Chapter Eleven — Muster Mark’s Quarks
A Short History of Nearly Everything – by Bill Bryson
Chapter 11 — Muster Mark’s Quarks
- Particle accelerators can whip particles into such a state of liveliness that a single electron can do 47,000 laps around a four-mile tunnel in one second.
- Particles can come into being and be gone again in as little as 10-24 second. Even the most sluggish of unstable particles hang around for no more that 10-7 second.
- Some particles are ludicrously slippery. Every second the Earth is visited by 10,000 trillion trillion tiny, all but mass-less, neutrinos. These neutrinos are mostly shot out by the nuclear broiling of the Sun. Virtually all of these tiny particles pass right through Earth and everything that is on it, including you and me, as if they weren’t there To trap just a few of them, scientists need tanks holding up to 12.5 million gallons of heavy water (water with an abundance of deuterium in it) in underground chambers (usually abandoned mines).
- Neutrinos have mass, but not a great deal of it. Their mass is one ten-millionth that of an electron.
- The new Large Hadron Collider, scheduled to begin operation in 2005, will achieve fourteen trillion volts of energy and cost about $1.5 billion to construct.
- Particle physics is a hugely expensive enterprise, but it is a productive one as well. Today the particle count is well over 150, with a further 100 or so suspected.
- Although quarks are much too small to have color or taste or any other physical characteristics we would recognize, they are placed in six categories — up, down, strange, charm, top, and bottom. Physicists refer to these classes as ‘flavors’, and these are further divided into the colors red, green, and blue.
- The ‘Standard Model’ in particle physics consists of six quarks, six leptons, five known bosons (with a postulated sixth boson called the Higgs boson), plus three of the four physical forces (strong physical force, weak physical force, and electromagnetism).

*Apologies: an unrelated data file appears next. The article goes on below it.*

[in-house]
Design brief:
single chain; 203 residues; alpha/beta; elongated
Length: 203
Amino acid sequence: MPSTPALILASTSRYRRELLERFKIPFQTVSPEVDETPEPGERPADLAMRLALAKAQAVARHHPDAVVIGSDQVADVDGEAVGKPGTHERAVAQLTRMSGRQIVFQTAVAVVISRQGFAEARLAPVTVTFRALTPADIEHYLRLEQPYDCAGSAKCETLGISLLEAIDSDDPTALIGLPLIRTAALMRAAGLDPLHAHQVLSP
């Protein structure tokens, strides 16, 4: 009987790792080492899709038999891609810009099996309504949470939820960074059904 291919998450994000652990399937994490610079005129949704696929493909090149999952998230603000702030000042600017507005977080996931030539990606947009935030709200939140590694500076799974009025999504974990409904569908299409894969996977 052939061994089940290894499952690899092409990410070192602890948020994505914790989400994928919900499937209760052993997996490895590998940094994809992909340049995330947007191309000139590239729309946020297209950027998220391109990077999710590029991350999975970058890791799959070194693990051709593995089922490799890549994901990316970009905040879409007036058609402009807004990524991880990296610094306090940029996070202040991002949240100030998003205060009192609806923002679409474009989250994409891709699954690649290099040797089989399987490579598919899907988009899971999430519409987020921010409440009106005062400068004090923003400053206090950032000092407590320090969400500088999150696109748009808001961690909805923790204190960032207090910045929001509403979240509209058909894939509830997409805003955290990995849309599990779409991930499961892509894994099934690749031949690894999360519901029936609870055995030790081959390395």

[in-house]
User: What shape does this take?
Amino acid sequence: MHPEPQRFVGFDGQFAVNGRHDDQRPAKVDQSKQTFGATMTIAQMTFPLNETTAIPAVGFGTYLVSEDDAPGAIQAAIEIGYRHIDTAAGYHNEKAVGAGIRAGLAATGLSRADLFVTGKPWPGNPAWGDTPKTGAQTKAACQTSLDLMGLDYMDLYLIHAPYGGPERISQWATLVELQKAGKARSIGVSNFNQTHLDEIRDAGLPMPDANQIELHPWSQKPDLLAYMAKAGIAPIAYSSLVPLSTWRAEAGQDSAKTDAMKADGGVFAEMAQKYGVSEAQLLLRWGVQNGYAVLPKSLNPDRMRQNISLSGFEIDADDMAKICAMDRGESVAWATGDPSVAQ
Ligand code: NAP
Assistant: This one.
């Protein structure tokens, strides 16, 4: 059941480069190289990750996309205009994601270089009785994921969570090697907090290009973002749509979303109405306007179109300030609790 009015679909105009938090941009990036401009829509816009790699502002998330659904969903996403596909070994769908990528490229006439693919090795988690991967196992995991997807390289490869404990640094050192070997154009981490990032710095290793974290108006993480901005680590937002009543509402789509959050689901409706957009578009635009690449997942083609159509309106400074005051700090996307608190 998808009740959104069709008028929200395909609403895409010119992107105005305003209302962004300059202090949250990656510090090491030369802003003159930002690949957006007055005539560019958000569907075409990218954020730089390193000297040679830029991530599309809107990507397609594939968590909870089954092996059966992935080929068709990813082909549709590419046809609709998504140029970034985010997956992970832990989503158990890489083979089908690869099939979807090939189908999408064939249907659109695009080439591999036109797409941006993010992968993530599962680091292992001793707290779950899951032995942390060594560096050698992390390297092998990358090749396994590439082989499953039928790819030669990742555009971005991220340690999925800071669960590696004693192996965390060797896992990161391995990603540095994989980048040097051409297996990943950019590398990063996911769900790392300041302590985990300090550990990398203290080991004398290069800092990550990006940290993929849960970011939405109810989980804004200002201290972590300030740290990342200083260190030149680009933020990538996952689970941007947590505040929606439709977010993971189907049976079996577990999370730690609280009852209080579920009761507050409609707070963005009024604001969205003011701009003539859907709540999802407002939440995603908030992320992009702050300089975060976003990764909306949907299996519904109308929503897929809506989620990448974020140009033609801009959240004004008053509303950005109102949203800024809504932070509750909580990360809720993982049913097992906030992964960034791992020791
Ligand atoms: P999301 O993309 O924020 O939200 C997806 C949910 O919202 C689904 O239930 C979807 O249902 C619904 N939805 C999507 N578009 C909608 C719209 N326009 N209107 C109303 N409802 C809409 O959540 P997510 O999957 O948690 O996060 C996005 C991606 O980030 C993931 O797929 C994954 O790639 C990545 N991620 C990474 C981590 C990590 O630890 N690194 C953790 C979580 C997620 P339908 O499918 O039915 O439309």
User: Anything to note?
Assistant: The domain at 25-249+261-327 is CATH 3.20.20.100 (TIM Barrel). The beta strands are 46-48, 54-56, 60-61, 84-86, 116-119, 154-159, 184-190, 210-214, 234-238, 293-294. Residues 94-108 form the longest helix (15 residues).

- The basic building blocks of matter are quarks; these are held together by particles called gluons; together quarks and gluons from protons and neutrons, the stuff of the atom’s nucleus. Leptons are the source of electrons and neutrinos. Quarks and leptons together are called fermions. Bosons are particles that produce and carry forces, and include photons and gluons.
- Edwin Hubble realized that nearly all galaxies in our field of view were moving away from us. He realized that this situation could be expressed with a simple equation, Ho = v/d, where Ho is the constant, v is the recessional velocity of a flying galaxy, and d the distance of the galaxy away from us. Ho has been known every since as the Hubble constant and the whole as Hubble’s Law.
- In 2003, a team from NASA calculated that the age of the universe is 13.7 billion years, plus or minus 100 million years.
- As scientists calculate the amount of matter needed to keep our universe together, they always come up woefully short. It appears that at least 90 percent of the universe is composed of “dark matter”, stuff that is by its nature invisible to us.
- Thus, we live in a universe whose age we can’t quite compute, surrounded by stars whose distance we don’t altogether know, filled with matter we can’t identify, operating in conformity with physical laws whose properties we don’t truly understand!
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